When the now famous phone call between President Trump and Ukrainian President Volodymyr Zelensky was revealed, it was former Vice President Joe Biden's son who was at the center of it all. Trump asked Ukraine to investigate Hunter Biden, who served on the board of a Ukrainian gas company while his father was vice president. That call, and the apparent withholding of military aid unless Ukraine did what Trump asked, is ultimately what got Trump impeached. As the Senate holds a trial to decide whether to remove him from office or not, the younger Biden keeps surfacing in the news as Republican members of Congress consider whether to call him to testify.
Trump reportedly wanted Ukraine to investigate Hunter Biden's work with Burisma, one of the country's largest natural gas companies. Hunter Biden served on the Burisma board for five years, from 2014 to 2019, having previously worked with the company during his time as a lawyer with the Boies Schiller Flexner law firm. Around the time his son joined the board, Joe Biden was handling U.S. policy regarding Ukraine in his capacity as vice president. Hunter Biden was also serving at the time on the board of BHR (Shanghai) Equity Investment Fund Management Company, which is based in China. He resigned at the end of October last year.
Trump claims the Biden family was "paid off" and took "millions" from Ukraine and China, though there is no evidence that any of Hunter Biden's business dealings ever came into contact with the vice president's work. Trump alluded in his call with Zelensky to work Joe Biden did under the Obama administration to oust a Ukrainian prosecutor, but Joe Biden's efforts were in line with international consensus at the time. Hunter Biden has further denied doing anything wrong, though he said in an ABC News interview last October that he had shown "poor judgment" in getting into the situation at all.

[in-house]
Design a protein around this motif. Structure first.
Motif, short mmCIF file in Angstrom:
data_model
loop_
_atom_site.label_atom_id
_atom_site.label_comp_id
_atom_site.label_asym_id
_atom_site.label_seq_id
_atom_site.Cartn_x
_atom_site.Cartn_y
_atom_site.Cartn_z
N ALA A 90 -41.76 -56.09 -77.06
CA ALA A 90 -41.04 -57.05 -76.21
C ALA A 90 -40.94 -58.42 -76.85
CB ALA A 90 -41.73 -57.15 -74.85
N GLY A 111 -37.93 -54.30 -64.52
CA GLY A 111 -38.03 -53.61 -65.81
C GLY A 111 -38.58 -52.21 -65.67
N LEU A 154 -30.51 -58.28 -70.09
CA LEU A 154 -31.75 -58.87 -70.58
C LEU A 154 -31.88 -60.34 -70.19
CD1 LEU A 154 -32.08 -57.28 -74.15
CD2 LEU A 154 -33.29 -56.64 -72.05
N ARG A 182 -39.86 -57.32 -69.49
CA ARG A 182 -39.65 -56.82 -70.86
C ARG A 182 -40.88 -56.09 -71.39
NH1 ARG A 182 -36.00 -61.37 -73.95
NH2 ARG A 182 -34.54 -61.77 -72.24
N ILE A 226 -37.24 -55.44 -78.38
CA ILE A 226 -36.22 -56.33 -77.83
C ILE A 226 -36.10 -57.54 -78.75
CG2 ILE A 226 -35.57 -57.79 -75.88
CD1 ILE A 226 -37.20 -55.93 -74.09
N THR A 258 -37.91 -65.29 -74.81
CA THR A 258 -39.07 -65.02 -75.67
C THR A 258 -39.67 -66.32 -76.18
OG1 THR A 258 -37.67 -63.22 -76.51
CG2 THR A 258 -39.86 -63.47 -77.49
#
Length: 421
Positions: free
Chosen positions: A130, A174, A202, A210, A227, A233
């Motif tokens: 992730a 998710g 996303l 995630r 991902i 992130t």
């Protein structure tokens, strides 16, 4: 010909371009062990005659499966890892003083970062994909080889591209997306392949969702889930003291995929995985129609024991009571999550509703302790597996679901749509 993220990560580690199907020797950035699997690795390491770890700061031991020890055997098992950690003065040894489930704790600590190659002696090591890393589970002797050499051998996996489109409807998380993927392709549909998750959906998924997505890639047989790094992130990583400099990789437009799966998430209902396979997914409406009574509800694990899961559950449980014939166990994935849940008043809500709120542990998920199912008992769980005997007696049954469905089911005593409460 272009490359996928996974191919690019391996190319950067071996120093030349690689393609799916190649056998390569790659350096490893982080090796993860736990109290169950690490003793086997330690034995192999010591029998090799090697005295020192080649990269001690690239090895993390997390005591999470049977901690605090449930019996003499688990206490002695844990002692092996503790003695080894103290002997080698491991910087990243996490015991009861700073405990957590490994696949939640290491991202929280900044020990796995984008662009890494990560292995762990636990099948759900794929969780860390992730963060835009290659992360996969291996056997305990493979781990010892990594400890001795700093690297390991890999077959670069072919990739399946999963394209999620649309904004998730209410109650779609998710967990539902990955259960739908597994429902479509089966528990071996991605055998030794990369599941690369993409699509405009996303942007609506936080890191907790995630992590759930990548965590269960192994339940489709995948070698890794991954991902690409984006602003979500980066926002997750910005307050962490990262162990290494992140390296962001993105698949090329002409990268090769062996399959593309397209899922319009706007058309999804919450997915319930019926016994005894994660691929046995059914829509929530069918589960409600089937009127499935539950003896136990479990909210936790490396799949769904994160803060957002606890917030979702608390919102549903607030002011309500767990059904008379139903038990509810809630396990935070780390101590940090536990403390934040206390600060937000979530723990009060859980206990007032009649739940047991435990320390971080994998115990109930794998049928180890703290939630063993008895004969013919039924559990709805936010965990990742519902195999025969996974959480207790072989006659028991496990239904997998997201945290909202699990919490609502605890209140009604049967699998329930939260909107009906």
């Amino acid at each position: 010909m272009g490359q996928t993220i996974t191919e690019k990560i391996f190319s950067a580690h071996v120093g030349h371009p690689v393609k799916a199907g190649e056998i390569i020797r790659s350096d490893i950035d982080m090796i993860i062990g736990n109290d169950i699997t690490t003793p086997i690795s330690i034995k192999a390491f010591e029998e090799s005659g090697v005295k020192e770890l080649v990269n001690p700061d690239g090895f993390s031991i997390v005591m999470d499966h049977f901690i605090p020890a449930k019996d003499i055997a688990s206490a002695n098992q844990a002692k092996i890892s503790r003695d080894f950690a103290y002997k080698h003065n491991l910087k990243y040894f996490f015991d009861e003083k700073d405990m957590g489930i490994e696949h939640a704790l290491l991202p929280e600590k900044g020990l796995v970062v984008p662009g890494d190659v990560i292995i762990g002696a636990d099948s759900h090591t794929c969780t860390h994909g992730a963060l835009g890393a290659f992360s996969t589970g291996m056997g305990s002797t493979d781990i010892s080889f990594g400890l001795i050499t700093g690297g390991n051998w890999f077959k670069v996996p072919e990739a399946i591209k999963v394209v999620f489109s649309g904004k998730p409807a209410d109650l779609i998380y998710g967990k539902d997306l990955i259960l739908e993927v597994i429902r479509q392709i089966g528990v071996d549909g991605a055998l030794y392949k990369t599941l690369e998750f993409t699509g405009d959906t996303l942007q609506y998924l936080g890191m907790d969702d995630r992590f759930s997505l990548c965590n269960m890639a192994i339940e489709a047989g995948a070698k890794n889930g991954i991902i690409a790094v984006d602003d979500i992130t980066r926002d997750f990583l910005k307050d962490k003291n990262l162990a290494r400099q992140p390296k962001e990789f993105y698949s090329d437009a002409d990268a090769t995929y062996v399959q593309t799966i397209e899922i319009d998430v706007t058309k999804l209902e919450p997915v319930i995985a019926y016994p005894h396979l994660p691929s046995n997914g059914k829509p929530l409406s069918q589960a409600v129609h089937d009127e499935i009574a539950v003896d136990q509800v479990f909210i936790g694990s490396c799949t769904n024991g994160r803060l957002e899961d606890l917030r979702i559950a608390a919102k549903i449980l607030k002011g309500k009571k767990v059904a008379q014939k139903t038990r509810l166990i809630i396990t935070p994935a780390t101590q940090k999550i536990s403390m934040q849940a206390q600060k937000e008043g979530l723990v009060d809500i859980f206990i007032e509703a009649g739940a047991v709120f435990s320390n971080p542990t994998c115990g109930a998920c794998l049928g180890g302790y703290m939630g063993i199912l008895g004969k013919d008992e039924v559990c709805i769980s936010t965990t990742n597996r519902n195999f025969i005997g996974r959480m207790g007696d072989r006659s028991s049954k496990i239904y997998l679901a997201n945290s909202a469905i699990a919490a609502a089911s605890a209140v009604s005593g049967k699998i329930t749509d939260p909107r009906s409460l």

Hunter Biden's lawyer, George Mesires, published a statement on Medium on his client's behalf in October, noting that Hunter Biden's business activities were independent of his father. "Under a Biden administration, Hunter will readily comply with any and all guidelines or standards a President [Joe] Biden may issue to address purported conflicts of interest, or the appearance of such conflicts, including any restrictions related to overseas business interests," Mesires wrote. "In any event, Hunter will agree not to serve on boards of, or work on behalf of, foreign owned companies." Mic reached out to Mesires for additional comment but did not receive a response.
In the ABC News interview, Hunter Biden touched a bit on what he has been up to lately, and noted that he is a private citizen, which means he is therefore not subject to the same scrutiny that elected officials receive when it comes to how he makes his money. He said he is continuing to work on his sobriety — he has been open about struggling with alcohol and substance use disorder — and says his new wife, Melissa Cohen Biden, whom he married within a week of meeting her, has been his "redemption." Hunter Biden is also facing a paternity lawsuit from a woman in Arkansas, who claims he is the father of her child. He denies that, but a paternity test ordered by the court reportedly showed that he is the father, according to the Arkansas Democrat-Gazette.
Mic reached out to the Joe Biden campaign about what Hunter is currently up to, but they did not have further comment.
"I talk to my dad every day. I live my life in the open," Hunter Biden told ABC News last year. "I get in my car in the morning and I go down the road and I get coffee. And I go to the same place for lunch with Melissa. And I go about doing my business and my work, and I come back at night. And we watch — you know, Netflix, and then we do it all again in the morning, just like anybody else."
But what about all this impeachment trial testimony noise? Even if Republicans did manage to call him as a witness in the Senate trial, it's unlikely that much would come of it, give the trial is focused on uncovering whether Trump did anything wrong, not whether Hunter Biden did. At the center of the trial is the phone call with Zelensky and the apparently withholding of aid, two things that Hunter Biden wouldn't know anything about. Instead, his testimony would serve to give Republicans a distraction from the issue at hand — which is probably why Democrats have largely shot down the idea.